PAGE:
For those who are unaware of nutrient pollution, it is caused when nutrients such as nitrogen and phosphorus are present in the water (in excess, that is). This is because they lead us straight to algal blooms and alter the composition of water. The latter is something we don’t want to achieve while the former is harmful for life – both human and animal

Sewage and wastewater

A common question people have is the nature of wastewater – what is it? Is it the excretion from human or animal bodies or is it something more than that? Well, in essence, any water that is USED is wastewater. 

It may come from our sinks when we wash our dishes, showers, or toilets. It may even come from commercial, industrial, and agricultural activities. It also includes stormwater runoff (an excessive overflow of water which occurs when rainfall washes away all the land pollutants such as salts, oil, grease, debris, chemicals, etc). 

Imagine the millions of scenarios where water is used – ALL of them, without exception, lead to the creation of wastewater. 

John snow discovered the link between Cholera outbrake and sewage water of cesspool
John snow discovered the link between Cholera outbreak and broad St. pump contaminated by sewage water.

Now there is a noteworthy property of water. It makes way through anything and everything. And that includes your wastewater. UNESCO suggests that more than 80% of the world’s wastewater makes its way back to the environment without being treated while the ideal solution would have been to treat it to remove any impurities and then let it join back the water cycle. 

United Nations even went to the extent of saying that in some countries (which rank quite low in terms of development), 95% of untreated water is disposed into the environment. However, this trend is not restricted to developing countries.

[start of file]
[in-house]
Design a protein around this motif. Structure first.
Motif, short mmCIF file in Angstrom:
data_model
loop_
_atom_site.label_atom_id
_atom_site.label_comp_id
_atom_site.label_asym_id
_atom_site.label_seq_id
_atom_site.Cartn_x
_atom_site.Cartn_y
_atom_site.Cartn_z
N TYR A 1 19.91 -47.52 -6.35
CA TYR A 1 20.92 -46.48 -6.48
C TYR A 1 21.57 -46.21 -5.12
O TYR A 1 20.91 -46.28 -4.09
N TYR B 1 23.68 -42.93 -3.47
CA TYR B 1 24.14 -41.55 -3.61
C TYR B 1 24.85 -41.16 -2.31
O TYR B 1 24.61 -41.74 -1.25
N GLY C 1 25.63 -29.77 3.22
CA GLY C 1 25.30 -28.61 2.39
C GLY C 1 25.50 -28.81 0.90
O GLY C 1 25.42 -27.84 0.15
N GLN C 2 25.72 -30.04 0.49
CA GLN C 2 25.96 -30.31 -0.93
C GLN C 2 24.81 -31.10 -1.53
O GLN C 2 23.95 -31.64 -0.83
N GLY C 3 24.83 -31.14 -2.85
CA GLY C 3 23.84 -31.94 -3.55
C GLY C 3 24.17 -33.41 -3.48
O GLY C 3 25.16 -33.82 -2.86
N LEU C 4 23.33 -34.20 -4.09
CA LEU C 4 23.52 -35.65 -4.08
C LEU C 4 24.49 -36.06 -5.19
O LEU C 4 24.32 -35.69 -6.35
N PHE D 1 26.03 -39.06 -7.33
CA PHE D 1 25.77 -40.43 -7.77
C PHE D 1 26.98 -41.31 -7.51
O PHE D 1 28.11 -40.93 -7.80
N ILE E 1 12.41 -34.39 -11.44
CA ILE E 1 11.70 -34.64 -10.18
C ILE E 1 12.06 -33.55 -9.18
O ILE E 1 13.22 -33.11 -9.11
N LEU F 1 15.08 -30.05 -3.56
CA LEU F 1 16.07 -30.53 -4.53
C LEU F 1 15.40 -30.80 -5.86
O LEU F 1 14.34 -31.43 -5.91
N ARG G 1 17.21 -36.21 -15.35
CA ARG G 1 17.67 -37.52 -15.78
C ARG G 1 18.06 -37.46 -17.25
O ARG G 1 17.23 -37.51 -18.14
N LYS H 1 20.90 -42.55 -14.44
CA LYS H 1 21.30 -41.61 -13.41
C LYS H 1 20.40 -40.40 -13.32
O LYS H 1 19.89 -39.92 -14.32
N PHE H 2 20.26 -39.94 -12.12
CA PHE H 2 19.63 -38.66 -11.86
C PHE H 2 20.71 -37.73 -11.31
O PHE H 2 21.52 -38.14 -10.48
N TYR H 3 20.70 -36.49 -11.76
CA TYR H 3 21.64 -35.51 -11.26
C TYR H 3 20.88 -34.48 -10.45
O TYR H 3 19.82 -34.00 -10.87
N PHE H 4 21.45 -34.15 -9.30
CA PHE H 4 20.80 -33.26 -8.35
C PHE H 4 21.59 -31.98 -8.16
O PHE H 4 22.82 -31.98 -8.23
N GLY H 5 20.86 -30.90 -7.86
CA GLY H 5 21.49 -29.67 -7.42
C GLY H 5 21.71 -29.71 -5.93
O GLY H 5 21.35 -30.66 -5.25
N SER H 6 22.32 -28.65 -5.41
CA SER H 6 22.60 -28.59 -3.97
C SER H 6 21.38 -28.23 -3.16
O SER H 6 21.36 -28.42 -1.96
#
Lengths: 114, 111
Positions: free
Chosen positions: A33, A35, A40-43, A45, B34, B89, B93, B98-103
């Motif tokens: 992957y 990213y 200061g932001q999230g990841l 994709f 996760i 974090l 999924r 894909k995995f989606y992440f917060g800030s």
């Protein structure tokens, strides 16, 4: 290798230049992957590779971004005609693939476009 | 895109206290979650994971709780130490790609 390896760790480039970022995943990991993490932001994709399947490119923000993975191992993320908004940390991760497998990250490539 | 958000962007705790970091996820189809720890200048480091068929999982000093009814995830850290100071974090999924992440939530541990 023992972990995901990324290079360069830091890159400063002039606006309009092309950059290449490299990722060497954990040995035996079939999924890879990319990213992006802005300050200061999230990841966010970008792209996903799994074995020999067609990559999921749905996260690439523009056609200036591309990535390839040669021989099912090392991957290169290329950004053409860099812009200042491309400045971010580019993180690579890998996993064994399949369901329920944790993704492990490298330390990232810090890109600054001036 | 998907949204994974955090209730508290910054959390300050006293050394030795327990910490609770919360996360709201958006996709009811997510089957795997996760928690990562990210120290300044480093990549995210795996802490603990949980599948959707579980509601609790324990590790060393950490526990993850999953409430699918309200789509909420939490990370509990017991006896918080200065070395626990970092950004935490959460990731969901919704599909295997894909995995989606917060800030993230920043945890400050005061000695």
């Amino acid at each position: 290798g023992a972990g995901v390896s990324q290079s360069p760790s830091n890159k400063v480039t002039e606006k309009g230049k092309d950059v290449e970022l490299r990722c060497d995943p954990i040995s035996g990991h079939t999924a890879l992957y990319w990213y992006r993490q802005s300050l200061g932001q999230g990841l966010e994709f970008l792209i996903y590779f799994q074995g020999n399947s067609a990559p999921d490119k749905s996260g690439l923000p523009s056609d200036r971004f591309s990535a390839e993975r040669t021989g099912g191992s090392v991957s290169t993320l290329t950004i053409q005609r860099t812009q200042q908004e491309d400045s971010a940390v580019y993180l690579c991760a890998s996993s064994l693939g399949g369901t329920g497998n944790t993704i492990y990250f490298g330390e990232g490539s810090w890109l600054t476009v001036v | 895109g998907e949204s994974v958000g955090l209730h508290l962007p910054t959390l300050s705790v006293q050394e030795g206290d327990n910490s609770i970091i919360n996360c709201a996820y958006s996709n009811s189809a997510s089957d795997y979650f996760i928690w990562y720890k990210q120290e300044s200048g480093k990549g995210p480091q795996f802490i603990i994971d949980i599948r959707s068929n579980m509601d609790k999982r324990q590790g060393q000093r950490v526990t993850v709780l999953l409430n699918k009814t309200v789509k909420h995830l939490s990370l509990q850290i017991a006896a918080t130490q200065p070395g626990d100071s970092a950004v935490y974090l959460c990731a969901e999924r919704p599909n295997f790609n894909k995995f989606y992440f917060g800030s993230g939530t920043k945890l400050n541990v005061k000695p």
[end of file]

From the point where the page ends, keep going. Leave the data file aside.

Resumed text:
Read : Causes of water pollution

Untreated wastewater is discarded into our water bodies almost everywhere in the world. This happens when the volume of wastewater exceeds the capacity of the treatment plant. 

For instance, EPA estimates that almost 34 billion gallons of water are treated in the facilities of the United States of America everyday. That is a massive volume. 

However, the same EPA also suggests that this massive capacity is not enough because the amount of wastewater is much more. 

untreated sewage being pumped into the Dublin bay
Untreated sewage being pumped into the Dublin bay by Ringsend Wastewater Treatment Plant

In fact, 850 billion gallons of untreated wastewater are discarded into the environment by the same system because they are easily overwhelmed. Now this is exactly where the vicious cycle of disease and pollution begins. 

Wastewater has to be treated because it reduces the amount of pathogens (virus and bacteria), chemicals, plastics, phosphorous and nitrogen from the water (which in most cases is sewage water). When this is not done, all these pollutants enter the water cycle – from there, they contaminate the air, land and our food chains, thus being harbingers of disease and disruption in the environment. The vicious cycle does not come to an end.

Oil pollution

What is the first thing that comes to your mind when you think of pollution caused by oil? Perhaps a large tanker which may have broken down or leaked in the middle of an ocean?

Well, most people do take oil pollution as a synonym to oil tanker spills or large large oil slicks which form as a result of these leakages. This is because accidents such as these dominate the news. Our day to day activities don’t. 

Oil leakage during oil tanker accidents is a type of ocean pollution
Oil leakage during ship accidents is a type of ocean water pollution.